I then pointed out to you that HIV infection rates fell dramatically during that time. You then changed and said that they dropped not because of those campaigns but because people were seeing sick people, you then claimed that these campaigns didn’t start until the 90’s. I then pointed out THAT was wrong….

    And now you post simply saying that I am misunderstanding. I posted your exact wording, if those words are somehow unclear please point it out.

  • Paco

    @Cam: because Cam, having your friends drop like flies is a huge motivator to not end up the same way. If you want to believe that preaching safe sex was the only reason the rate of new infections dropped, then fine, believe that. I also said I was drawing on my own experiences at the time. It is fine to look at a chart and say “see see the condom campaigns lowered the rate of infection back then.”, but it is difficult to put it into context without experiencing it first hand. I also said the “main thrust” of the safe sex campaigns didn’t happen until the early 90s (’90/’91), not that was when they began (you were misreading again or just trying to change what I said to suit you). I was living in the Midwest, and that was when I clearly remember when the safe sex outreach began to hit the bars where I lived. I couldn’t go in to a bar on the weekends without being handed a condom, lube and info about HIV. And even then, friends were still becoming infected. I lost a lot of friends that condoms and preaching didn’t work for because they were young, human and thought that hot guy was uninfected because he didn’t look like any of their sick friends. So sorry if my life happened a little differently than your chart.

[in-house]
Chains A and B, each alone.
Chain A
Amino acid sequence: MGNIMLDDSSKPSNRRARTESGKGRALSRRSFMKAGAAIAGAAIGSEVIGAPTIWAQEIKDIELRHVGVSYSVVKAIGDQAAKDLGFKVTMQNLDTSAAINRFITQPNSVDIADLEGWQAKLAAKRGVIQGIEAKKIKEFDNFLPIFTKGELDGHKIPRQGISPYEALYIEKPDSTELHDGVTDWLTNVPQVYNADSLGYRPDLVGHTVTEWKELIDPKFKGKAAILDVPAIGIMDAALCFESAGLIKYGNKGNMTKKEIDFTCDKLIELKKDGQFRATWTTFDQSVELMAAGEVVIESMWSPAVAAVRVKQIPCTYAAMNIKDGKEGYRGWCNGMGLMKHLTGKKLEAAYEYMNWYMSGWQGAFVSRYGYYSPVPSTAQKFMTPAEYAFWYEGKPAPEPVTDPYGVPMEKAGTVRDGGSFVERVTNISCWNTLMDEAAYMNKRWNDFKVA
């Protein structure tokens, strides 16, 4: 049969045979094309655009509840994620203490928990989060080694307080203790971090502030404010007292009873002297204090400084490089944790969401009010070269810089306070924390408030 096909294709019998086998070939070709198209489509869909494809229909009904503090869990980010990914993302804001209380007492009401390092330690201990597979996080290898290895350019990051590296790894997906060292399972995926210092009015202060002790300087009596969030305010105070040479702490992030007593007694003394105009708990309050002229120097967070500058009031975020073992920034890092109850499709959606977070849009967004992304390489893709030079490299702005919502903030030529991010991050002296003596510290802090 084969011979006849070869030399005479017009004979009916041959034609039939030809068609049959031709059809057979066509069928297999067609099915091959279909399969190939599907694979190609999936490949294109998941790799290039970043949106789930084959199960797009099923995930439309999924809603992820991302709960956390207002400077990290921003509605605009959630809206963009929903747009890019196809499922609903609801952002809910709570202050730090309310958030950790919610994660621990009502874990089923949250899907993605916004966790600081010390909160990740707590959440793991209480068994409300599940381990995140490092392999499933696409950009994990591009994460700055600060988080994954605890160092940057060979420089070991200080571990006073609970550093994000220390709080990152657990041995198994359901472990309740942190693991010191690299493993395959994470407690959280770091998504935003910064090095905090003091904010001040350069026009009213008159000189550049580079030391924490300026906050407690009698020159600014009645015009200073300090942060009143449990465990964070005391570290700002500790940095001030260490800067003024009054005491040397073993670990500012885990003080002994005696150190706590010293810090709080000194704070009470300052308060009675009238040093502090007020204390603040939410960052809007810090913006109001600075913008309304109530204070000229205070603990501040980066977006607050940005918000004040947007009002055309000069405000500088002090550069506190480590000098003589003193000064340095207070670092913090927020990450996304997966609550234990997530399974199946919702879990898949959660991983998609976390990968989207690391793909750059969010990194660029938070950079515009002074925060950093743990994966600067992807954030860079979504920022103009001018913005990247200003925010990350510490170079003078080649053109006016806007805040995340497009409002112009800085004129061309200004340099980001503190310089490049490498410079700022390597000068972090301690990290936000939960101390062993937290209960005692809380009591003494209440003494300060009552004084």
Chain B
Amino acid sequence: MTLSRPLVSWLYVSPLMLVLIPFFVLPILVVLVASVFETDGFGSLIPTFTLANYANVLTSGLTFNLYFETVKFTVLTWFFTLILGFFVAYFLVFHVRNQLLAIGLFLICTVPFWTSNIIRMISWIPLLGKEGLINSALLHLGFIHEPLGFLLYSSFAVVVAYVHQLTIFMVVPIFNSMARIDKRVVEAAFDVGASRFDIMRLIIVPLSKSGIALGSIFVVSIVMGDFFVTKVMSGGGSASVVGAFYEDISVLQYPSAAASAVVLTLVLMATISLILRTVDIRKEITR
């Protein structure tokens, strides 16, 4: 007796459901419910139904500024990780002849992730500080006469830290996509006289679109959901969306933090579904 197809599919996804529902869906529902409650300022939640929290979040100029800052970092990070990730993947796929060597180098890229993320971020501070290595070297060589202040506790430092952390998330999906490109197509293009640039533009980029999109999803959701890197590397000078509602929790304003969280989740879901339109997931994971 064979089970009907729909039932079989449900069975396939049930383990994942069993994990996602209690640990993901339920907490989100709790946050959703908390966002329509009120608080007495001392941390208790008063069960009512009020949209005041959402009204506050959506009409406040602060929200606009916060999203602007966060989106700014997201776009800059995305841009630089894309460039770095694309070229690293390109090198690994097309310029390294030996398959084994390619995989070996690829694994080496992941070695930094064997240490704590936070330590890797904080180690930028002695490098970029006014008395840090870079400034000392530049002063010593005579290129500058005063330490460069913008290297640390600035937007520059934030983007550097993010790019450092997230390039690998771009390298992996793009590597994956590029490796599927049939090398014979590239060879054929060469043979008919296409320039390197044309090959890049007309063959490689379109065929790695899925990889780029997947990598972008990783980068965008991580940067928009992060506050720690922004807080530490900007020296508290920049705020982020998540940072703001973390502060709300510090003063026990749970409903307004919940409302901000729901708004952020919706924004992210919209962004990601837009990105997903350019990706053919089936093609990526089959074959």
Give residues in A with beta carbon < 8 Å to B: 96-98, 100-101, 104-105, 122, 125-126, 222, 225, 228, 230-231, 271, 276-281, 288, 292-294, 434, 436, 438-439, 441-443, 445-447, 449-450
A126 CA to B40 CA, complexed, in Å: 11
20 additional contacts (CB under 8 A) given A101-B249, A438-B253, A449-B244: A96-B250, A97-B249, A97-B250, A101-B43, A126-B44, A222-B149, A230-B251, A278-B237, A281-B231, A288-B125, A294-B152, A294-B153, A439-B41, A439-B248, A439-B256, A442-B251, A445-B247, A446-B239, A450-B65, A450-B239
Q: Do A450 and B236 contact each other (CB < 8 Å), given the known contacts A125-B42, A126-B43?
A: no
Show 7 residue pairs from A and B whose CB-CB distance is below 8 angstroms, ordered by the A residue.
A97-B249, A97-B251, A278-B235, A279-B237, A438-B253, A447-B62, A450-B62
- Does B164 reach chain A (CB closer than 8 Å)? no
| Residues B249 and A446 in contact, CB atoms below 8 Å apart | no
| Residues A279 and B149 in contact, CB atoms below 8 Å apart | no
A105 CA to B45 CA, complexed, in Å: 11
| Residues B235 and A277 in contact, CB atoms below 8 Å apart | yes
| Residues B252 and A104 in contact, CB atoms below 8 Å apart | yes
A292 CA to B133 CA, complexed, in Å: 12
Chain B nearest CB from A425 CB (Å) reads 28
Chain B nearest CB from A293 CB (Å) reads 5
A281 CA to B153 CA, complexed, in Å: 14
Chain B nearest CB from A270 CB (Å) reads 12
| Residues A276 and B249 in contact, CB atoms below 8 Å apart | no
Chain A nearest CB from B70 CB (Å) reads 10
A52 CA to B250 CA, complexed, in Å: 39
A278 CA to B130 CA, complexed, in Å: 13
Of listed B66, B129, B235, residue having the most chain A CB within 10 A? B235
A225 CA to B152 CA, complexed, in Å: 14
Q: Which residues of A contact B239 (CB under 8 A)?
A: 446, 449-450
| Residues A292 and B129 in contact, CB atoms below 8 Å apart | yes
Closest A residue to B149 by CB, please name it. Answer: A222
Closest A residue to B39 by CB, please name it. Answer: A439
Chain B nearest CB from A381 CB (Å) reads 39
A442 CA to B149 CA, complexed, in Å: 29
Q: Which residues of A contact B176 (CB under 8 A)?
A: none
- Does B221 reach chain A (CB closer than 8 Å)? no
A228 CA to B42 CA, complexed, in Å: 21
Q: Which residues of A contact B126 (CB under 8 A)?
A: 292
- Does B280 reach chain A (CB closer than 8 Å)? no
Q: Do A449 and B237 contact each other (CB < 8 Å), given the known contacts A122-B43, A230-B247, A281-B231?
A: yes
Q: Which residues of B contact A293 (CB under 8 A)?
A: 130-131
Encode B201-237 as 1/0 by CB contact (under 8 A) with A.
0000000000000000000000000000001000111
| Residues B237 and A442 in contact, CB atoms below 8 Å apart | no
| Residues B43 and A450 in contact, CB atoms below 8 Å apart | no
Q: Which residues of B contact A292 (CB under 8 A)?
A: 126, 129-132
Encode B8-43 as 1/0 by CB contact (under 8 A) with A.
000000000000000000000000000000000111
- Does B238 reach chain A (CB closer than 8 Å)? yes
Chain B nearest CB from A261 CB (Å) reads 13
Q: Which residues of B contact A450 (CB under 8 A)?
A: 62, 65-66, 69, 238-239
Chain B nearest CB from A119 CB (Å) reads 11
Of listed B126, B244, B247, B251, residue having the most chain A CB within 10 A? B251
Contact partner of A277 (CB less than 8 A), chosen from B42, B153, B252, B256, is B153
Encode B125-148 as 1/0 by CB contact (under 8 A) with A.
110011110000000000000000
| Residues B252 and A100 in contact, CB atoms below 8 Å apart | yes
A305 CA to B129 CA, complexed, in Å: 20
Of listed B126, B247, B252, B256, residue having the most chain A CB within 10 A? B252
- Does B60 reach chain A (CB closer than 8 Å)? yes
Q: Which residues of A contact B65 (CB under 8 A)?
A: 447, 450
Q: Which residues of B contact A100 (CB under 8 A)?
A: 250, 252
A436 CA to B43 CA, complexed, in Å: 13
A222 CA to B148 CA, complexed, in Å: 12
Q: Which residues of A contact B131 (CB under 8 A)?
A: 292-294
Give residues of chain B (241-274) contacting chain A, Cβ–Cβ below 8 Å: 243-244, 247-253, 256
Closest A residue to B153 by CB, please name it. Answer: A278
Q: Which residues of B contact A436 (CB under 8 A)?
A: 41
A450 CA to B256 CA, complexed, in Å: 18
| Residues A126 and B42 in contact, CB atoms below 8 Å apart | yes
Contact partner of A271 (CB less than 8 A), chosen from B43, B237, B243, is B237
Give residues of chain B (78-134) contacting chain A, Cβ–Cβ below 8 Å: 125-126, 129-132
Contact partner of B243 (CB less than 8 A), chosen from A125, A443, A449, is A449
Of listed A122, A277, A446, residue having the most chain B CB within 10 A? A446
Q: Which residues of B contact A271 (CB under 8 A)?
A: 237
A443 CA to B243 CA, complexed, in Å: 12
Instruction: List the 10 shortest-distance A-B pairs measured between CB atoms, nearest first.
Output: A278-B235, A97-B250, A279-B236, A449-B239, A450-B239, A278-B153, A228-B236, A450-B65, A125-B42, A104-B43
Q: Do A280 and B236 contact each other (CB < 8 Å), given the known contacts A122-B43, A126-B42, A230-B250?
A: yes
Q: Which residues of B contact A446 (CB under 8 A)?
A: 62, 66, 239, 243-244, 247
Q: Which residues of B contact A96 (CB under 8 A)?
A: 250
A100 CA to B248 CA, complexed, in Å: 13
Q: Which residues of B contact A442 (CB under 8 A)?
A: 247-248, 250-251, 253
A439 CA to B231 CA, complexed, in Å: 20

Now unless you are trying to argue why we don’t need new strategies in this new era of HIV no longer being the disfiguring death sentence it once was, what else is there to discuss here? The smiling happy people on the kayaks shouldn’t have to go back into the hospice because it doesn’t support your outdated messaging about AIDS prevention. The intent of my initial post was completely lost on you. I give up. Have a good one.